Monday, August 10, 2009

On Track

Yeesh, just as I build some serious momentum in the ring I run off and forget this thing. Or not - I've just been devoting all my inner-Pacquiao into the gym, the road, the weights, the plyos, my opponent's dome... and, well, some stuff falls through the cracks.

But that's not to say there haven't been some good - scratch that, great - things going on though.

I had another absolute war of a sparring session last week with one of the gym's better competitive boxers. We got 6 long, aggressive rounds in (wore them on my face to work the next day too) and grabbed the attention of everyone working out in the building, including our defending national champ and the gym owner. Not only was there praise for our energy, but a lot of great feedback and pointers too.

This unsanctioned/unofficial/unplanned bout ended up snowballing into the owner and head trainer wanting to set-up regular 1-on-1's with me to wear me out on the focus mitts, yell at me ("instruct") during some bag work and just really fine-tune my game. Thus far it's been incredible and feels like the true missing link between me peaking and plateauing. So see, all I needed was a little attention and TLC to really start hitting on all cylinders...

And peaking I am. The momentum just keeps building and building and I just feel... awesome. I feel fast and strong and have some sort of reactor fueling me through some grueling workouts that, on paper, I don't get how I finish on the same tank of gas. But I do, and I do it with fervor and aggression, pushing myself at all times, wringing the sweat out of my shirts and feeling confident that my opponent can't possibly be working any harder than me. And with that comes a mental edge. And when physical prowess meets smarts and mental toughness, you have yourself one hard to manage 152 lb. farm boy.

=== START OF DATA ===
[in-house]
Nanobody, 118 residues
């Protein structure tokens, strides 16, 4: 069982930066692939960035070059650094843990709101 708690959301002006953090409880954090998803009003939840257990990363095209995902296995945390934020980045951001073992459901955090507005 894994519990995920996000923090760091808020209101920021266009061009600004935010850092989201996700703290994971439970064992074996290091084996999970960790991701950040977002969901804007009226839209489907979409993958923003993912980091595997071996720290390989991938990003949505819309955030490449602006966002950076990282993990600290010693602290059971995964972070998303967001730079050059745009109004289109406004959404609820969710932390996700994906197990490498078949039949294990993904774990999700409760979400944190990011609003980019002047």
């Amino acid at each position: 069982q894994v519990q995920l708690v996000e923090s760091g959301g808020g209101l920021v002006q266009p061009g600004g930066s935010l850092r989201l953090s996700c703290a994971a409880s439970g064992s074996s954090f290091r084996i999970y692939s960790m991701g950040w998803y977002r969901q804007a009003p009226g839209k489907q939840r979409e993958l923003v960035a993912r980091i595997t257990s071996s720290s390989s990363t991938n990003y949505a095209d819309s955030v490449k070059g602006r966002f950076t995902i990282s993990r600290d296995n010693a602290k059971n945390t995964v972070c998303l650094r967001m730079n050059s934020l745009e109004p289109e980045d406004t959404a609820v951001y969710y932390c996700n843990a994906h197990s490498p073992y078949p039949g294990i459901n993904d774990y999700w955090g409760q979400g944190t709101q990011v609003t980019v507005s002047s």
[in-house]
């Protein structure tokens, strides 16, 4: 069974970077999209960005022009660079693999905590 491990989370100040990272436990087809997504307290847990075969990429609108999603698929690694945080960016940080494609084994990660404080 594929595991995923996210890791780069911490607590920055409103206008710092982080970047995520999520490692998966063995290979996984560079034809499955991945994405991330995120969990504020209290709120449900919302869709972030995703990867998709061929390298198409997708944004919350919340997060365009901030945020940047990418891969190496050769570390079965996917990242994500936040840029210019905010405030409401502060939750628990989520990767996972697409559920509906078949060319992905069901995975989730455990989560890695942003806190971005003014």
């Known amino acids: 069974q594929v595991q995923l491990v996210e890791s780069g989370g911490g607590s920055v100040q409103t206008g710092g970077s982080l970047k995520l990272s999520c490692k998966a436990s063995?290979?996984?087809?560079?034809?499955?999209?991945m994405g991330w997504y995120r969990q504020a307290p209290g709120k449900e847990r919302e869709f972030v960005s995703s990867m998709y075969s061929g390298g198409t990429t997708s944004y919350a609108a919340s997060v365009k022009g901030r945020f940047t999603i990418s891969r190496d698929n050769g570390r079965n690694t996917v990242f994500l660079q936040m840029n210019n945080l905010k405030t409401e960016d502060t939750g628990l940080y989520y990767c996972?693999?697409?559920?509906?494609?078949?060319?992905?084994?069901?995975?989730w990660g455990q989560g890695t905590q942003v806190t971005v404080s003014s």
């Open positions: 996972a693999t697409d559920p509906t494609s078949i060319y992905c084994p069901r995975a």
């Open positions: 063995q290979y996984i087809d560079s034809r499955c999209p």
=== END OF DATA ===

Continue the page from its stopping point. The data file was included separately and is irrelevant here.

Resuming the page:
And yes, you saw that right. Those who really know me might be aware that I've spent the majority of my amateur career fighting at 140 lbs. Well, no more. I'm too big, strong and active (read: bullish) in the ring to keep exhausting myself before the bell even rings. I've never, ever, ever EVER had issues gassing during fights, but I've been having a ridiculous amount of success lately embracing the bull rush and just outhustling, outworking and strong-arming my opponents, so we're going to shake things up and let keep some of this newly found/grown/built mass on my body. That, and my right hand is friggen' dynamite. Or as my trainer like to say in his sweet South Boston accent - it's a "ham-muh." So hooray beach muscles and food and decapitating straight rights and flurries in the corner and - most importantly - wins.

...of which I hope to tack on another tomorrow. I have a bout vs. an unknown opponent at a big show in Newton, MA tomorrow night and I'm ready for another training camp checkpoint. So for now, I need to eat a little more sushi and catch some shut-eye - I need to be well-rested to keep this freight train on track and rumbling along.


Anonymous said...

Sounds good. How did your bout go? Keep strong.

M said...

This is exactly what I need to be motivated.

Keep them up!

Nerd said...

I really like your blog. Excellent writing and great stories. It really fuels my fire to train.

I'd be curious to hear about your strength training routine. I used to be big into lifting, but it seemed to harm my speed, athleticism and explosiveness. I felt like I became a much better athlete when I traded beach muscles for bodyweight exercises and more time in the boxing gym.

Jonathan Moreland said...

Thanks for the support and comments guys.

Nerd - my strength training is all low-weight circuits to build stamina and explosiveness. I kind of ham up the "beach muscles" aspect and don't ever sacrifice time in the weight room for time in the ring. Are you at all familiar with Evander Holyfield's weight routines? They're legendary in the boxing community and he attributed his cross-training to why he had such fast, strong combinations. I'll elaborate more in a future post, especially now that I'm moving up a weight class.

nerdzilla said...

In the past I have toyed with the idea of low weight circuit training. I'll have to look up Holyfield's routine.